Elizabeth Montalbano is a freelance writer who has written about technology and culture for more than 15 years. She currently resides in a village on the southwest coast of Portugal.

 

Reader Submitted: A Playful Take on Sperm Banks Aiming to Reverse the Objectification of Women in the Reproductive Process

Core 77 - Wed, 2017-06-21 10:13

As a designer, I am interested in finding ways to use design to encourage people to think critically about social issues. Instead of redesigning existing products or developing new products to solve problems, I want to use design to comment on contemporary issues. The issue I want to draw attention to through my thesis project is the objectification of women by men.

When doing research on the objectification of women, I did not limit my research only to China because this is a global issue. Even though the ways, influences, and phenomenon might be different in each country, the causes are the same.

The result of objectification of women by men has caused many women to have a misunderstanding of their own value. When talking about objectification, we usually think about negatively commenting on appearance, but regarding people as functions is also objectification. In this case, women are generally objectified as a reproduction tool.

I designed the sperm bank Cumulus Center to comment on this issue. By employing humor and satire, I intend to redirect the objectification of women as reproductive tools by highlighting the notion that women should have full reproductive freedom.

In Cumulus Center, all male donors are objectified as virtual objects which look like cute human-like characters called Flakes. Women pick and purchase Flakes from the Cumulus Center's website. The website has a gamified interface where people can both interact with Flakes and purchase Flakes based on a series of diverse preferences. Not limited to an online service, Cumulus Center also provides offline resale vending machines. Like Gashapon machines, the offline resale vending machines allow women to purchase random capsules, which include a Flake toy and, of course, a sperm sample.


Flake from WebsiteFlakes from Gamified Website: Expiration time: 6 month; Price: $30 - $200; Note: Please keep your Flake in the refrigerator!Credit: Jonathan AllenFlake from WebsiteSelecting and purchasing Flakes from Cumulus Center's gamified website. People can interact with the Flakes by asking questions or asking Flakes to demo their fighting abilities, by fighting one another to compare.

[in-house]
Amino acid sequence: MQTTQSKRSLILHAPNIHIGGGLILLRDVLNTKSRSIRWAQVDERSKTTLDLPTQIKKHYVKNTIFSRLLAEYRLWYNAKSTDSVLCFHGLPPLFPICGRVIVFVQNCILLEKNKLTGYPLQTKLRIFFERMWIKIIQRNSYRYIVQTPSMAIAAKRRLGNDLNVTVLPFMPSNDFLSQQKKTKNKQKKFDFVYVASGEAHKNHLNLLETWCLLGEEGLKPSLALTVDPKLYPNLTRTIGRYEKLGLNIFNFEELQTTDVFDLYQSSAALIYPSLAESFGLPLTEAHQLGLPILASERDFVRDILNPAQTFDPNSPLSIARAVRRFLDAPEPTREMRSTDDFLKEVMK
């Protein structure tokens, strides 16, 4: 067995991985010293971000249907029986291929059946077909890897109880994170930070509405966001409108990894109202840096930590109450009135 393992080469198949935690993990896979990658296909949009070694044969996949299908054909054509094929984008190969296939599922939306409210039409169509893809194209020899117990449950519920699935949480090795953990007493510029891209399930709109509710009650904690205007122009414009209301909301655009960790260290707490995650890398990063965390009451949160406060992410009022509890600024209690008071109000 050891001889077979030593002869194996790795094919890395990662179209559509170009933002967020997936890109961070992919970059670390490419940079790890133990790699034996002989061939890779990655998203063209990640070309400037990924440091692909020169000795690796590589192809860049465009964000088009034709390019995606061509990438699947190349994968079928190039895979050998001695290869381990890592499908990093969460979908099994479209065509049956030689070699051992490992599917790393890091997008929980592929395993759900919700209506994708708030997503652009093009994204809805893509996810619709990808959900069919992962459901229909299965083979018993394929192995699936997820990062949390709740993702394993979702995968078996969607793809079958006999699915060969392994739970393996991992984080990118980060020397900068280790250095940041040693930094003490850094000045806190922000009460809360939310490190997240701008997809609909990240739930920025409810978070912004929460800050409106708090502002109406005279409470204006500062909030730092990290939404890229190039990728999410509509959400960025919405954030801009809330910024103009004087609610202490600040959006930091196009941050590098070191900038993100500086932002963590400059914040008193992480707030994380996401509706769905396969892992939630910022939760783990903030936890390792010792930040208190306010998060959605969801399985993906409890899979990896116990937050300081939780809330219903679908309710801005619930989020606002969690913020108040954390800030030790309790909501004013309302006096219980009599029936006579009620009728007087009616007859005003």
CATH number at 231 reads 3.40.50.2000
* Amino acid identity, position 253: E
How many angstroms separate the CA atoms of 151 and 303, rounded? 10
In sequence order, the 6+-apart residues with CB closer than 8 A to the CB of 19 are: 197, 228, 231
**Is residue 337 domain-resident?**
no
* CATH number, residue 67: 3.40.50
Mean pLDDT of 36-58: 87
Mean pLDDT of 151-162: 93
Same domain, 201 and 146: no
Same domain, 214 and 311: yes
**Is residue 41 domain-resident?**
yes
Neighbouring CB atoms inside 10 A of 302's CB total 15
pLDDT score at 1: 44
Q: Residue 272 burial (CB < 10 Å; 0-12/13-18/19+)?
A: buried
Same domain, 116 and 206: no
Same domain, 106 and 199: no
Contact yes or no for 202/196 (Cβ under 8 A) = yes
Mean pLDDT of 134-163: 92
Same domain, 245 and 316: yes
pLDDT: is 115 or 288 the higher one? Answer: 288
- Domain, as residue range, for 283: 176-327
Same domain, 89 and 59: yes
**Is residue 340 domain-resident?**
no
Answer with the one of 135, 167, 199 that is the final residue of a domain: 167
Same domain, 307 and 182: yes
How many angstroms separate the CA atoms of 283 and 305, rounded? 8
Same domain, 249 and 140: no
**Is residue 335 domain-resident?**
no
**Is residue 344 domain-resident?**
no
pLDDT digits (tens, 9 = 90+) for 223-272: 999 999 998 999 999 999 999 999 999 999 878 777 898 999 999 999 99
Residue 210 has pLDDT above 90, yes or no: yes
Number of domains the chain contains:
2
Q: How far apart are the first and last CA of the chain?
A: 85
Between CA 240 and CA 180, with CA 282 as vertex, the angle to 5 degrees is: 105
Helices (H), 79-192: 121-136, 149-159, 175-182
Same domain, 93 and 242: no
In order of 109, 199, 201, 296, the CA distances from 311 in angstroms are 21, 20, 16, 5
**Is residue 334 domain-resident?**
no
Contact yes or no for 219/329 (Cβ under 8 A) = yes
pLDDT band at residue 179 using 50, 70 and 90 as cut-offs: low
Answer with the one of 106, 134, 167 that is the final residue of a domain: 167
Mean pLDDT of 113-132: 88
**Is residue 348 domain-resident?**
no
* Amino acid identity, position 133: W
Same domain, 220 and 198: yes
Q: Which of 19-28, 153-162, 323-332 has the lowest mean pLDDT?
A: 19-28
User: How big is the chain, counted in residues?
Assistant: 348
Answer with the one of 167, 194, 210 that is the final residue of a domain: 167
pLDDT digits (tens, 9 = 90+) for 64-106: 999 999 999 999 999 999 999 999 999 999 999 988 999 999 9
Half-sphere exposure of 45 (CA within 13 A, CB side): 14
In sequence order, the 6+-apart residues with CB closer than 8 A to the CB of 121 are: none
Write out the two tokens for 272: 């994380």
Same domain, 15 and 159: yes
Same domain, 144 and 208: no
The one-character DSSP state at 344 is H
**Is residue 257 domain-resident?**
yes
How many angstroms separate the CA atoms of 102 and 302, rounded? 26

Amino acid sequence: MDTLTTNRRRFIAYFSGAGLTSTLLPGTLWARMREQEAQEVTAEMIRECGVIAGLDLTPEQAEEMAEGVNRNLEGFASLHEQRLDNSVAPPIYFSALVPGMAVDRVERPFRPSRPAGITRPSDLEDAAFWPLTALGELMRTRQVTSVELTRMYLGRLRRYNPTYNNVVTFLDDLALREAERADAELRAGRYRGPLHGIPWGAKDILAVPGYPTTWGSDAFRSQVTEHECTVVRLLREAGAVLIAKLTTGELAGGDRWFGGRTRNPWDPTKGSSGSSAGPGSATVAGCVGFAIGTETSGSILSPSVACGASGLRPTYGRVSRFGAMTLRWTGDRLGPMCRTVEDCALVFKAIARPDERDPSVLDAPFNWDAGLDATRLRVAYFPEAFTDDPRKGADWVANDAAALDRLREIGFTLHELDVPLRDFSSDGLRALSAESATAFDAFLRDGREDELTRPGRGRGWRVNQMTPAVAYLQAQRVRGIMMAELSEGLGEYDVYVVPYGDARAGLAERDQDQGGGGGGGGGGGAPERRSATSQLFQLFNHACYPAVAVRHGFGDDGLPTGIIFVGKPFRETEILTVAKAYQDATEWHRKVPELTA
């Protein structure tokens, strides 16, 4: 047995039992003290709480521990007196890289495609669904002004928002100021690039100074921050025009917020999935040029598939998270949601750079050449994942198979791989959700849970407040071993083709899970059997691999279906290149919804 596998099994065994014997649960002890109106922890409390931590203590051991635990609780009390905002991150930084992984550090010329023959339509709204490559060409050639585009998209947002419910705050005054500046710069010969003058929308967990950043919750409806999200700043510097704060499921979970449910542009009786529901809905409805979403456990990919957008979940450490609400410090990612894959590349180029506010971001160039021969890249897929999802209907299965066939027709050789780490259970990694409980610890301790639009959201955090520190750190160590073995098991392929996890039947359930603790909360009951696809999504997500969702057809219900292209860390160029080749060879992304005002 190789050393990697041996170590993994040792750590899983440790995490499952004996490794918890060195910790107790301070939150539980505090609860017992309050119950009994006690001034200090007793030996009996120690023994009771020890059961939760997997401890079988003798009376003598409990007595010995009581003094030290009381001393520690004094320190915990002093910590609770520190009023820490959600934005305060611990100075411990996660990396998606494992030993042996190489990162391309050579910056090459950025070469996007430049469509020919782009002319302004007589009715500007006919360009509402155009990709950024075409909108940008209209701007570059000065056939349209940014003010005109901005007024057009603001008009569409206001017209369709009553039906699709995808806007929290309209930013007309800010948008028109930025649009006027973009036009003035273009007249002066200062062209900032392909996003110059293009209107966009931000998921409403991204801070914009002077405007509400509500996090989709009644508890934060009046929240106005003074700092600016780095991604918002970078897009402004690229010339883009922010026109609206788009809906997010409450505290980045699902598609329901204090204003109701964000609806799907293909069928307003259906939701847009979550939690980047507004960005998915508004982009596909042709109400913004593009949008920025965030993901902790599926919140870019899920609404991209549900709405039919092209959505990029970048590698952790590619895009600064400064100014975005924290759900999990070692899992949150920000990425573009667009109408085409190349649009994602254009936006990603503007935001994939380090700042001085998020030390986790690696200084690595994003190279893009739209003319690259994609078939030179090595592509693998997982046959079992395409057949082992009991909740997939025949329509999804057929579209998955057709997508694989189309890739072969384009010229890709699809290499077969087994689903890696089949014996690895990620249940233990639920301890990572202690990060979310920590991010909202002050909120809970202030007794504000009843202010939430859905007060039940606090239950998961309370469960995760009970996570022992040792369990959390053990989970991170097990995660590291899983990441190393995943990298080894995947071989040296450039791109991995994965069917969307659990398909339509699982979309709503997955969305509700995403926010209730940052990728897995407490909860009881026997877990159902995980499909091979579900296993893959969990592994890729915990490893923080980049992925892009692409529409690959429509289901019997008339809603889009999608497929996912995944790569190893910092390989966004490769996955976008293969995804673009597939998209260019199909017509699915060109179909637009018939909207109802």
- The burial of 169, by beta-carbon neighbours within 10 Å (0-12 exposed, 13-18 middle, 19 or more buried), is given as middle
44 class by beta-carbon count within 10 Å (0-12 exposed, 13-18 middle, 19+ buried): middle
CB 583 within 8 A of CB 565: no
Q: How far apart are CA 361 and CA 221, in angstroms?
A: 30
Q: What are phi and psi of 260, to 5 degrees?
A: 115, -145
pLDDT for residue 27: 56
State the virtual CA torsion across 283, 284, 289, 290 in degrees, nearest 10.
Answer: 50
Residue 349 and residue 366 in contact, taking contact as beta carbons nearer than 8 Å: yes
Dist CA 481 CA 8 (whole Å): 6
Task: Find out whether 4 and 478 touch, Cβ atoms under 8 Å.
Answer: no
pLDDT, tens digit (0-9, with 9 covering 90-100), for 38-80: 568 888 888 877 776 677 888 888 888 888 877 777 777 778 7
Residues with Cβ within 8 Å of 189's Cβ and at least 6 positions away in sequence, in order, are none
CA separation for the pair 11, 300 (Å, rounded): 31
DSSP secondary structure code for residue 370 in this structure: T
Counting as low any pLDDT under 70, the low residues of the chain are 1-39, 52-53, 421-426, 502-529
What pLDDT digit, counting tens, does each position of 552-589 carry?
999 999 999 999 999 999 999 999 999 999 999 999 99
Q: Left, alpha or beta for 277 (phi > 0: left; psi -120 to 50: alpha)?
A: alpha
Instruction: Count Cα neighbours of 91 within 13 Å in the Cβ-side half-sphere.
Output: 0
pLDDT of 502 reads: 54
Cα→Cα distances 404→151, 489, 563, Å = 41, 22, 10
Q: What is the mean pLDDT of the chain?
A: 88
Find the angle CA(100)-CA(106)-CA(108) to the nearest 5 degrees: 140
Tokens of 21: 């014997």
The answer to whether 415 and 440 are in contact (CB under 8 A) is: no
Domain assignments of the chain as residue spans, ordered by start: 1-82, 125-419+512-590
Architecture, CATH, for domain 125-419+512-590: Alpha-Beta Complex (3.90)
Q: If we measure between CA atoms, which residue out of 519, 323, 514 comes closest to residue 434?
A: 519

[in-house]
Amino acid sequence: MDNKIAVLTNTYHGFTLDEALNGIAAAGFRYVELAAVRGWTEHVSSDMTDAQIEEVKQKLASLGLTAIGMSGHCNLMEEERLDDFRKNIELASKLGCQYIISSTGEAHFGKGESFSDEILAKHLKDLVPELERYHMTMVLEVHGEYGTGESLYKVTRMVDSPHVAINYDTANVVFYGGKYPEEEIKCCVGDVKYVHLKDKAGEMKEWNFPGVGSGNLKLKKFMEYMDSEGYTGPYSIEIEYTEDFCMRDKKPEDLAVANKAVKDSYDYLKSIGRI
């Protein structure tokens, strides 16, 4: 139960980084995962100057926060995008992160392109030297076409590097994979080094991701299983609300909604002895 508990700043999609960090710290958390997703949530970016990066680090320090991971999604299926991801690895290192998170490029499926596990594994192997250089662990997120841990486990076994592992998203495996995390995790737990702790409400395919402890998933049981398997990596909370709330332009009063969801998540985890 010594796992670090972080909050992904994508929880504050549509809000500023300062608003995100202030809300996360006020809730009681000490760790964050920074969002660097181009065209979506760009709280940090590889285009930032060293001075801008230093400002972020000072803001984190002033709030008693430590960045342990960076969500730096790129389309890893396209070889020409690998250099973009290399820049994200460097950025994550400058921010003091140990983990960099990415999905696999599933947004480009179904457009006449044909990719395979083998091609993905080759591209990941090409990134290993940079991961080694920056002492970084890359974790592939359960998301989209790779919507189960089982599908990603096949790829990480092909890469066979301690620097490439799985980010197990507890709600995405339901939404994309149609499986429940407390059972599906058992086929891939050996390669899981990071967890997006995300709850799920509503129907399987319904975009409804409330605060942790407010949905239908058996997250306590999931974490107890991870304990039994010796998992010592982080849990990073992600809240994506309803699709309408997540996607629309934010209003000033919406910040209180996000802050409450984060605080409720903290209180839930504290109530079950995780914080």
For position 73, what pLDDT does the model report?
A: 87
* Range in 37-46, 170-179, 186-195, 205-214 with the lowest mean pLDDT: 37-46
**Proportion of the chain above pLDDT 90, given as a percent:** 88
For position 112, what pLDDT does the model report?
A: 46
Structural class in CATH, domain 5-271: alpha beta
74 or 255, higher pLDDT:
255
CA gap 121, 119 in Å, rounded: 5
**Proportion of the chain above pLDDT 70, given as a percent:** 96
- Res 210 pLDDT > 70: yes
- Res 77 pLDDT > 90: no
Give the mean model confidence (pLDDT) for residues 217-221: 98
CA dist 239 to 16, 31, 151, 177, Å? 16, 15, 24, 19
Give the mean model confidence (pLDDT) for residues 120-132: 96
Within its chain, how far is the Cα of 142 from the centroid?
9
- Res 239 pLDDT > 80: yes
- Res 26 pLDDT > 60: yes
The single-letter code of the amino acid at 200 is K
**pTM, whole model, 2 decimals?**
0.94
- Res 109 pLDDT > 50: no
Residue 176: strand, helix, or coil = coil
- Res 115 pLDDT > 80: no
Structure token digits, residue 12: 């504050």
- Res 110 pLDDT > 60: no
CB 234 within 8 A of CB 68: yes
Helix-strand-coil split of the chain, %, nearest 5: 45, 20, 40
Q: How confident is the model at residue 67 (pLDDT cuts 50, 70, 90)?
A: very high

Credit: Jonathan AllenFlake from WebsiteAfter purchasing Flakes online, Cumulus Center will send the specimen through the mail.Credit: Miiko Shan HeGashapon MachineThis offline resale vending machines allow women to purchase random capsules, which include a Flake toy and, of course, a sperm sample.Credit: Jonathan AllenGashapon MachineCredit: Jonathan AllenGashapon MachineCredit: Jonathan AllenGashapon MachineCredit: Jonathan AllenCapsules of Flakes Expiration time: 3 month; Price: $20; Note: Please keep your Flake in the refrigerator!Credit: Jonathan AllenCapsules of FlakesNot limited to online service, Cumulus Center also provides offline resale vending machines. Functioning as Gashapon machines with which women can obtain random capsules containing Flake sperm samples.Credit: Jonathan AllenCapsules of FlakesThe Flake toys need to be stored in the refrigerator to keep fresh, and there will be an expiration time. Women can decide whether they want to use it or not before the expiration time. Credit: Jonathan AllenView the full project here

Materials Matter: Exploring the Luxurious Side of Beauty Packaging

Core 77 - Wed, 2017-06-21 10:13
Sam O'Donahue and Becky Jones

Young designers starting a career tend to think big and often dream of creating the next cool sports car, cell phone or iconic piece of furniture. Not many, notes Sam O'Donahue, picture themselves designing cosmetics packaging or lipstick cases.

O'Donahue, a Brit who earned an industrial design degree from Central St. Martins in London, said in a recent telephone interview that when he graduated he "didn't even know that designing makeup was a thing. I didn't know you could actually do that, let alone win an award for it"—which he and his New York-based firm Established have since made a habit of doing.

He formed Established in 2007 with his wife, Becky Jones (a Cambridge-educated lawyer with a background in film production who handles the business side), and today, they boast a portfolio of well-known clients, from Marc Jacobs and H&M to Ariana Grande and Rihanna.

Marc Jacobs Kiss pop collection. Brand: Kendo/ Marc Jacobs Beauty; Design Agency: Established